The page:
Magnetic resonance–guided focused ultrasound (MRgFUS) thalamotomy was recently approved for use in the treatment of medication-refractory essential tremor (ET). Previous work has described lesion appearance and volume on MRI up to 6 months after treatment. Here, the authors report on the volumetric segmentation of the thalamotomy lesion and associated edema in the immediate postoperative period and 1 year following treatment, and relate these radiographic characteristics with clinical outcome.
Seven patients with medication-refractory ET underwent MRgFUS thalamotomy at Brigham and Women’s Hospital and were monitored clinically for 1 year posttreatment. Treatment effect was measured using the Clinical Rating Scale for Tremor (CRST). MRI was performed immediately postoperatively, 24 hours posttreatment, and at 1 year. Lesion location and the volumes of the necrotic core (zone I) and surrounding edema (cytotoxic, zone II; vasogenic, zone III) were measured on thin-slice T2-weighted images using Slicer 3D software.
Patients had significant improvement in overall CRST scores (baseline 51.4 ± 10.8 to 24.9 ± 11.0 at 1 year, p = 0.001). The most common adverse events (AEs) in the 1-month posttreatment period were transient gait disturbance (6 patients) and paresthesia (3 patients). The center of zone I immediately posttreatment was 5.61 ± 0.9 mm anterior to the posterior commissure, 14.6 ± 0.8 mm lateral to midline, and 11.0 ± 0.5 mm lateral to the border of the third ventricle on the anterior commissure–posterior commissure plane. Zone I, II, and III volumes immediately posttreatment were 0.01 ± 0.01, 0.05 ± 0.02, and 0.33 ± 0.21 cm3, respectively. These volumes increased significantly over the first 24 hours following surgery. The edema did not spread evenly, with more notable expansion in the superoinferior and lateral directions. The spread of edema inferiorly was associated with the incidence of gait disturbance. At 1 year, the remaining lesion location and size were comparable to those of zone I immediately posttreatment. Zone volumes were not associated with clinical efficacy in a statistically significant way.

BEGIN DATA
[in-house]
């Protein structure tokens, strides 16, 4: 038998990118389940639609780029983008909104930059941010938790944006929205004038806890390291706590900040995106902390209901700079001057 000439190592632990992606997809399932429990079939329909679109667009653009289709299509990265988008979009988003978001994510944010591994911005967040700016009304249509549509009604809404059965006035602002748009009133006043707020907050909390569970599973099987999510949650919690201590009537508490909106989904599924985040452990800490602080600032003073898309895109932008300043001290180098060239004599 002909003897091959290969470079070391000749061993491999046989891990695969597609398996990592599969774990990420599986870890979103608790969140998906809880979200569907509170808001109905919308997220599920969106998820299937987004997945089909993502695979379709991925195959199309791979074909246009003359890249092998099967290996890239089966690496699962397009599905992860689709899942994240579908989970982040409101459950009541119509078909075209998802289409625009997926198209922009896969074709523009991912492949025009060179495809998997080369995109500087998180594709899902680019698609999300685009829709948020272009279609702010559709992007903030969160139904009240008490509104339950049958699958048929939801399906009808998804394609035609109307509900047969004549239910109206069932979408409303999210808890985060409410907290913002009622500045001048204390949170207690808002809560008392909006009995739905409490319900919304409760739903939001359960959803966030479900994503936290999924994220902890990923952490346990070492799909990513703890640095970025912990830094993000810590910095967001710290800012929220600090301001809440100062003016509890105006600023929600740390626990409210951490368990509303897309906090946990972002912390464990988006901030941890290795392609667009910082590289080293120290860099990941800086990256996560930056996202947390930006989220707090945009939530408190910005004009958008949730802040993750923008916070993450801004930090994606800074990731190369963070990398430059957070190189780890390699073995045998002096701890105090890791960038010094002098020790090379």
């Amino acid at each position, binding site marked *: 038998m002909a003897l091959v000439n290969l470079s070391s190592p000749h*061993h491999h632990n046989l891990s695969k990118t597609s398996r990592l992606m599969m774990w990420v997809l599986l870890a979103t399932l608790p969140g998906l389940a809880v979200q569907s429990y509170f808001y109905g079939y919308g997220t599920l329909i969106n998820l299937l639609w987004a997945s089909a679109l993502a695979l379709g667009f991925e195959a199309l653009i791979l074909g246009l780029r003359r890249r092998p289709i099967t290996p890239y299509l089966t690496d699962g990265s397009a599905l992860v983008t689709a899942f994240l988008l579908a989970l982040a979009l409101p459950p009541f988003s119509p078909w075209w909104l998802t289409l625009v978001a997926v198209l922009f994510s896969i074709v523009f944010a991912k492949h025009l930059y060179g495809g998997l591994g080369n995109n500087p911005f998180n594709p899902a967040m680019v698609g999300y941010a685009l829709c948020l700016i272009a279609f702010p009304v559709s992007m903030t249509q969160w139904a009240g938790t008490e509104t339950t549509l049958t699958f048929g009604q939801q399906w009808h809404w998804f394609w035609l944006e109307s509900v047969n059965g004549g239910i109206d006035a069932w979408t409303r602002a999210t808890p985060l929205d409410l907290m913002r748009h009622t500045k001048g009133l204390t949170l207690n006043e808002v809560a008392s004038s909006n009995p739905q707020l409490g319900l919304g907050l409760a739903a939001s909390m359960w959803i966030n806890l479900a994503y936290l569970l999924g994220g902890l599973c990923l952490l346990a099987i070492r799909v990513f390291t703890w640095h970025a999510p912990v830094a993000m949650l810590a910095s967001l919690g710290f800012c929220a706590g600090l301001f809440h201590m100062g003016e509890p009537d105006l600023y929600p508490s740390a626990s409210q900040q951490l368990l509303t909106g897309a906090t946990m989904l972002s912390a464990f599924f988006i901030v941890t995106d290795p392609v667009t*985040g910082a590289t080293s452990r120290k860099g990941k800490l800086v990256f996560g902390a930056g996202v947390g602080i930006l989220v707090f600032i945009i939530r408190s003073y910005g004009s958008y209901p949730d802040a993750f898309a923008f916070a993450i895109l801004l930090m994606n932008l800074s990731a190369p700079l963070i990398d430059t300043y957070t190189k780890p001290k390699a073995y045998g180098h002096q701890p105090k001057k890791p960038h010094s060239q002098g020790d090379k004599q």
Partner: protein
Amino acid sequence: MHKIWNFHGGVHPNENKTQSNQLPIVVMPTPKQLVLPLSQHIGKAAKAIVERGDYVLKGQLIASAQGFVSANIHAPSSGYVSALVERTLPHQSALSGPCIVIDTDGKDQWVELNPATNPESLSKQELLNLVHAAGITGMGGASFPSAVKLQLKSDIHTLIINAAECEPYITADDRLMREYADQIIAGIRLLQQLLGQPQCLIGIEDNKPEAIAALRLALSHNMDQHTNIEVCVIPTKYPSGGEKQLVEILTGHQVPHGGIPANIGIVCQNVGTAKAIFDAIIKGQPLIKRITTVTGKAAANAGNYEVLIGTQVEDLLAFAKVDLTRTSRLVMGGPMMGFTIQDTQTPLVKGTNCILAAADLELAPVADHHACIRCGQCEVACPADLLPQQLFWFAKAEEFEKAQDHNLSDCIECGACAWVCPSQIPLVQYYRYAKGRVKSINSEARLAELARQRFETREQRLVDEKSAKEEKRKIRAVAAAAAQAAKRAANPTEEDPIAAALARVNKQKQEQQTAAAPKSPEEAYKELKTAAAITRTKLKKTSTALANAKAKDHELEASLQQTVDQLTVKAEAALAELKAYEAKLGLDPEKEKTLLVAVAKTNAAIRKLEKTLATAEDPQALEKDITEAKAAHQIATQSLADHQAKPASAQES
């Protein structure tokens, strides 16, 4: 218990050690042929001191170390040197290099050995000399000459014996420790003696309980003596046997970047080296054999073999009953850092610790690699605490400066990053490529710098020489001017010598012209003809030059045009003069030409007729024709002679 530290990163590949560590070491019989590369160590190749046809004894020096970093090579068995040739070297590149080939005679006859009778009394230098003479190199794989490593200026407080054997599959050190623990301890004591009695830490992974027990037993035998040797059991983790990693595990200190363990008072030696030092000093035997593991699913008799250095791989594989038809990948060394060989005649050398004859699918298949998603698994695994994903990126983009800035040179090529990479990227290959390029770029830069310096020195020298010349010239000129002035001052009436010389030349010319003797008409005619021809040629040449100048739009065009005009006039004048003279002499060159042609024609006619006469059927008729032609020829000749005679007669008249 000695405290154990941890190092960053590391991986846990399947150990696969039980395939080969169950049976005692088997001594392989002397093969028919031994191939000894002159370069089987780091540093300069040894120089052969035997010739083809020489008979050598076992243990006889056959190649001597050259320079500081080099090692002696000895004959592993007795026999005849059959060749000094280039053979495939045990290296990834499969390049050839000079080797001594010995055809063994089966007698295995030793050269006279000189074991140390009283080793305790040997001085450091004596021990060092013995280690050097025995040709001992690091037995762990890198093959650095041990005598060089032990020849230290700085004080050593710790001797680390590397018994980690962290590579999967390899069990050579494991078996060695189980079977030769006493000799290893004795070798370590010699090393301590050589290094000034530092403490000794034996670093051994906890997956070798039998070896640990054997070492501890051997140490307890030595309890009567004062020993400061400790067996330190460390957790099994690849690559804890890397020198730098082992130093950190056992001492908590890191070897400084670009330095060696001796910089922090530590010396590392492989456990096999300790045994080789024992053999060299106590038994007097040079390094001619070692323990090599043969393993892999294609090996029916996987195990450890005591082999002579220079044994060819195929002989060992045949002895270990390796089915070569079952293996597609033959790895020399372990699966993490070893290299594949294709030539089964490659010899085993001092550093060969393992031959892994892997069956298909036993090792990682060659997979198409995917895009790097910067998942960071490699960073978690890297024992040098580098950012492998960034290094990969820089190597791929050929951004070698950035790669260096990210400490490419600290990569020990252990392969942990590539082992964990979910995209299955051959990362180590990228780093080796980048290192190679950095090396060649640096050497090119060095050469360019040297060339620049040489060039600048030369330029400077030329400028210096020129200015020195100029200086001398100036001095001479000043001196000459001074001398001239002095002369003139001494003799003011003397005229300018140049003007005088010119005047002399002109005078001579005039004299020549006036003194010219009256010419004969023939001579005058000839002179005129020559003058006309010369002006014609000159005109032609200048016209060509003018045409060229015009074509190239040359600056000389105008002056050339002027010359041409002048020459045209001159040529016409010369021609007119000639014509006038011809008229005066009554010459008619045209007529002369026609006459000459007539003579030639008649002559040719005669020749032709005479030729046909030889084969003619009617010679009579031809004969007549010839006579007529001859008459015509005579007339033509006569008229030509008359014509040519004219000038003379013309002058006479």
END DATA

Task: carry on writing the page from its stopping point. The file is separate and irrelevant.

MRgFUS thalamotomy demonstrates sustained clinical efficacy at 1 year for the treatment of medication-refractory ET. This technology can create accurate, predictable, and small-volume lesions that are stable over time. Instances of AEs are transient and are associated with the pattern of perilesional edema expansion. Additional analysis of a larger MRgFUS thalamotomy cohort could provide more information to maximize clinical effect and reduce the rate of long-lasting AEs.